After a bit of research, the Micro 4/3 lens format cameras seemed like a good idea. I tried out the PEN EP-2 and the GF1 side by side and was smitten with the GF1 on the spot. A plethora of advanced features over and above a normal point and shoot, faster focus that the PEN's (with a built in flash, useful in a pinch), 720p film recording capability, RAW+JPEG native, good colour space and white balance control and it feels nice and solid. Excellent battery life as well.

    I can see expenses becoming an issue though. Lenses, = $$$. Ah well. :P

    Definitely good suggestions in that list – my sister just bought herself a PowerShot G11 a month ago. It takes brilliant photos and is surprisingly versatile for a fixed lens camera.

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  • Xy

    Thanks for the helpful post.  I have been thinking of dipping my toes into the DSLR water and you helped me make my choice.

    I had to answer, “No” to all of your 5 questions when I really thought about it.

    1. Really settled it for me. “Take a good look at your point-and-shoot camera and tell me what you don’t like about it.”

    I recently sold my Panasonic DMC-TZ3  (http://www.dpreview.com/reviews/panasonictz3/) after a few years with its poor low light performance.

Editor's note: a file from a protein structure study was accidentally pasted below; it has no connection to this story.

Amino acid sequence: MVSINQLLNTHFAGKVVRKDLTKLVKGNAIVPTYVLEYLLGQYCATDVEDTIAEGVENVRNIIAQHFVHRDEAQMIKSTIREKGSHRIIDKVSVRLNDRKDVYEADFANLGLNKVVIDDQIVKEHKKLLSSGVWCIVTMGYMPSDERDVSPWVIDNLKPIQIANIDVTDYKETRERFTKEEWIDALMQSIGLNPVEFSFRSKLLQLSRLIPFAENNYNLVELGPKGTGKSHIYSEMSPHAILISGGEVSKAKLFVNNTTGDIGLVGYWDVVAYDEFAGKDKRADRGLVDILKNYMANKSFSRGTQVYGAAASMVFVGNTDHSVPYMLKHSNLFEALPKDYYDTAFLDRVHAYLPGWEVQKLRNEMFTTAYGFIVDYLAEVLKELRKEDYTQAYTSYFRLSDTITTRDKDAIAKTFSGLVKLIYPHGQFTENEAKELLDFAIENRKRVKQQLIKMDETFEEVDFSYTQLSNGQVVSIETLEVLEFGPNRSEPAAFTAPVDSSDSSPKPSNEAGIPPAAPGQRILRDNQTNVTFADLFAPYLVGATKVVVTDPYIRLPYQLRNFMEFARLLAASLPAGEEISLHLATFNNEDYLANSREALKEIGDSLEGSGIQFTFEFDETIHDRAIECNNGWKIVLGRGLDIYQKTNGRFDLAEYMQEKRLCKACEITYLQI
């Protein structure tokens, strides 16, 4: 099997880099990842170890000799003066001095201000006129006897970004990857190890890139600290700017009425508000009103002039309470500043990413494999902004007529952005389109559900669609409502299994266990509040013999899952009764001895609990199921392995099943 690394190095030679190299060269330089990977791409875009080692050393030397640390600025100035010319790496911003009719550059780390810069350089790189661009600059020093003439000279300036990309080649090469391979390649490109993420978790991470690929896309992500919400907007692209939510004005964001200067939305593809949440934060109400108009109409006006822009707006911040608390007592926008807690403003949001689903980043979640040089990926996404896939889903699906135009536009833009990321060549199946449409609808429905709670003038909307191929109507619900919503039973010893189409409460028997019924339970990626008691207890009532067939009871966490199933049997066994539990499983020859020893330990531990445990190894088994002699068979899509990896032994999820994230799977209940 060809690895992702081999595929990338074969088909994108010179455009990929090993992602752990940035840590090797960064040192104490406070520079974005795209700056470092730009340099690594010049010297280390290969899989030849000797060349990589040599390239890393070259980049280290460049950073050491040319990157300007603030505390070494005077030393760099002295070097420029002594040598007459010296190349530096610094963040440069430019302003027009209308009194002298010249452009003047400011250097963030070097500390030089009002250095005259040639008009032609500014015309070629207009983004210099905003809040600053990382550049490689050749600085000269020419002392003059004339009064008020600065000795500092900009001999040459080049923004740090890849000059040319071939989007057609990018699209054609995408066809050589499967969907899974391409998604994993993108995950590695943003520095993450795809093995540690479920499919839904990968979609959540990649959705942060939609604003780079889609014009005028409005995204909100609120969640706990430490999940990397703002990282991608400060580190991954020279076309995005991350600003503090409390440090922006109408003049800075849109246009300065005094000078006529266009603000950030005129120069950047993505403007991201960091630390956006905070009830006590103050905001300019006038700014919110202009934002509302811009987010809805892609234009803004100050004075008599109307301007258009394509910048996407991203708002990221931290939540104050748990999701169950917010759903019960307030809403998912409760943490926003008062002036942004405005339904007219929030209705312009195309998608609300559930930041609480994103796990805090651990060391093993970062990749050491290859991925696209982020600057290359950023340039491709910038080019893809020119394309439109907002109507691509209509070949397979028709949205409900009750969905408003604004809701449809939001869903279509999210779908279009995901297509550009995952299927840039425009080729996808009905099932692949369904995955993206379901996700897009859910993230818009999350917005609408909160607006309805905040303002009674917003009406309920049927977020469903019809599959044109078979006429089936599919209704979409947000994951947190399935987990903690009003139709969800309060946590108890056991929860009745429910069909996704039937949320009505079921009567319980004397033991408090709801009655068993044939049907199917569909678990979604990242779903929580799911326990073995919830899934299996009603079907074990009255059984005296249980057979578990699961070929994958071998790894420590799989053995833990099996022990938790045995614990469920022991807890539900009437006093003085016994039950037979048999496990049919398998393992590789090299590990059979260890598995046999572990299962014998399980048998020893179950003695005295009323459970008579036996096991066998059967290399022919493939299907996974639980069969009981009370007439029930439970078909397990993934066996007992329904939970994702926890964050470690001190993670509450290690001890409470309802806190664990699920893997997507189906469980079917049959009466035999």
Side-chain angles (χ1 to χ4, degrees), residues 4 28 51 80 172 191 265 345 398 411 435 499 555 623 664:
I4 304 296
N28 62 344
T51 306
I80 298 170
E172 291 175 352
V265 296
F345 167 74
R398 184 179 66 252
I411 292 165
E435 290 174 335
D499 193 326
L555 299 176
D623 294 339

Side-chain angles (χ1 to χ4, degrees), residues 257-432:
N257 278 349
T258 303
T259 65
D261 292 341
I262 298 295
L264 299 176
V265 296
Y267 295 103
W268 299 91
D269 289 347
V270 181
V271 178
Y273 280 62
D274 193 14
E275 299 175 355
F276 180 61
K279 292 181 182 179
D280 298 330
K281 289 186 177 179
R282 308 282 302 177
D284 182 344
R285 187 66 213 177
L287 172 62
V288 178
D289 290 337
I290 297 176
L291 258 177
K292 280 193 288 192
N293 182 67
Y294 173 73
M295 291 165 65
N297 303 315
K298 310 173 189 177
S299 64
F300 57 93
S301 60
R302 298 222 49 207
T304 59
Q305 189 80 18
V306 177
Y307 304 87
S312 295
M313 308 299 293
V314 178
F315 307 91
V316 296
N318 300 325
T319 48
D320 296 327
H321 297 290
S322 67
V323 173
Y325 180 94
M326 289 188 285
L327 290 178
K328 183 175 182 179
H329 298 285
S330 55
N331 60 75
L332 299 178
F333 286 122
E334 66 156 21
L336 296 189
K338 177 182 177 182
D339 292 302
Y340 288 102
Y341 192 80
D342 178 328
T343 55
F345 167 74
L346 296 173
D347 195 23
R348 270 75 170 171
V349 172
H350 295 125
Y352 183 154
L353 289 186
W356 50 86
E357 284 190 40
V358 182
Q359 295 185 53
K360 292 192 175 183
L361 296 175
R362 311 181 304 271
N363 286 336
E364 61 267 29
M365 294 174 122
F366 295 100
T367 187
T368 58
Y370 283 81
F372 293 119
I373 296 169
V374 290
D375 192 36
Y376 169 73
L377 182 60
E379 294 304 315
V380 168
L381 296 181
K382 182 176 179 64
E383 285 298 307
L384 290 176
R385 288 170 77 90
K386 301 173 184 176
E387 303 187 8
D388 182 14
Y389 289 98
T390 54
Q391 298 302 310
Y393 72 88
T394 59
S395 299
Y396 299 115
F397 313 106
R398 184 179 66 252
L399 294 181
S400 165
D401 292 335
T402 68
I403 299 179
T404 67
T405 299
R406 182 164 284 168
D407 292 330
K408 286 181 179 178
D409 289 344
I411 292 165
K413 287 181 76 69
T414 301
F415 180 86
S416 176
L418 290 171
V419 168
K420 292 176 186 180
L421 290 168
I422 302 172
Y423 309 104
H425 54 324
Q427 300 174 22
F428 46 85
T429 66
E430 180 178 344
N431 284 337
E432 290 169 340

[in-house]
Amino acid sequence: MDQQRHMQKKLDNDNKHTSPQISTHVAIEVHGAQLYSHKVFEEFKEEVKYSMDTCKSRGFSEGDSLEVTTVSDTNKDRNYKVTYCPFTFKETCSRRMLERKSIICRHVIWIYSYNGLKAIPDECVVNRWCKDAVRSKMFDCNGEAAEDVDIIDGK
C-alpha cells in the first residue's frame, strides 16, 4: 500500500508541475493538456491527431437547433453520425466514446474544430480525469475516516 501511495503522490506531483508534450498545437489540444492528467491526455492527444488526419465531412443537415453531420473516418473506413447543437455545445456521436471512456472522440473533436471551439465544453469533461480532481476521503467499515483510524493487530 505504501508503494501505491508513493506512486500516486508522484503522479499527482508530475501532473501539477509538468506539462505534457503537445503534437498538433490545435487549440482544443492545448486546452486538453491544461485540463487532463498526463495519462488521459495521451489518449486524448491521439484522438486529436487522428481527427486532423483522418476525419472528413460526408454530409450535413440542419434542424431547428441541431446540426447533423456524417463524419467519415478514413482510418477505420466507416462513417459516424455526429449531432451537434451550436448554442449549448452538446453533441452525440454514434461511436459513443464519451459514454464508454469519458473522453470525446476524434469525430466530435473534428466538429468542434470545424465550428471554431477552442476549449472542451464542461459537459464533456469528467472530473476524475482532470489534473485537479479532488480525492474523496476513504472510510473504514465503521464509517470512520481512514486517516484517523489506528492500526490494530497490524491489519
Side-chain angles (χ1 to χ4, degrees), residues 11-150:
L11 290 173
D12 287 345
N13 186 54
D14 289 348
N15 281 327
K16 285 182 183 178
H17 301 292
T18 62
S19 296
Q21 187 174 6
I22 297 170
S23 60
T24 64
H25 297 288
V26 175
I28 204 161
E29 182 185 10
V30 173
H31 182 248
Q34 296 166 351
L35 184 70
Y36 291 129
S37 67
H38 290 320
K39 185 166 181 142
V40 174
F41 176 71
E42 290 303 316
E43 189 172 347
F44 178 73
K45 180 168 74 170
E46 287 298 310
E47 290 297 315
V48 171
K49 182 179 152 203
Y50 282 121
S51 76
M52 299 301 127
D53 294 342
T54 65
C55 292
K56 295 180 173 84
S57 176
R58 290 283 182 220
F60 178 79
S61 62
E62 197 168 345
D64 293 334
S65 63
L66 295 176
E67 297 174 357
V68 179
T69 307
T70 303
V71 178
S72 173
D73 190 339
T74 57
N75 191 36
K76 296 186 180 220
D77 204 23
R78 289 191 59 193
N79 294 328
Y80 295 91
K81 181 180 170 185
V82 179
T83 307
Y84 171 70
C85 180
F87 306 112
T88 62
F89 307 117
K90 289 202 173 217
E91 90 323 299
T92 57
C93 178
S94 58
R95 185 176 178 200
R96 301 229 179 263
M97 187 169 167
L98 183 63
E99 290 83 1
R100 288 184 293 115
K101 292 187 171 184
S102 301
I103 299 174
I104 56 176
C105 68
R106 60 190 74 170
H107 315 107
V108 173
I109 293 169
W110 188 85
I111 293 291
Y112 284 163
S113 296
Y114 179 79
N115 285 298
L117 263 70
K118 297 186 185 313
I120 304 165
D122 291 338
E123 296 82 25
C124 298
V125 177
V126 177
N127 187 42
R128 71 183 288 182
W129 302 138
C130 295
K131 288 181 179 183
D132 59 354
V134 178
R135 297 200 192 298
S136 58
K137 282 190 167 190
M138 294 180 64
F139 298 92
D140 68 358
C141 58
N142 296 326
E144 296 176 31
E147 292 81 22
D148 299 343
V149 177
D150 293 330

I bought a Canon SD4000 (aka IXUS 300 HS) (http://www.dpreview.com/reviews/canonsd4000is/) and love it.  The fast, wide lens (f2.0 28-105) and terrific burst and video modes have been a joy.  The tiny size means I can always have it at hand. It can be had for about $240.  Maybe when I get beyond its capabilities, I will look for a DSLR.

    Thanks for helping me get over my camera lust.  Maybe someday, I’ll join the ranks of serious photographers.  But for now, I’ll work on getting the most out of the camera I have.

  • Debra Todd Jordan

    I have the Cannon Power Shot SX40 HS and I love it. Light weight and I don’t have to change lenses at the race track during a shoot. My photo’s come just as good as the ones that use the DSLR’s.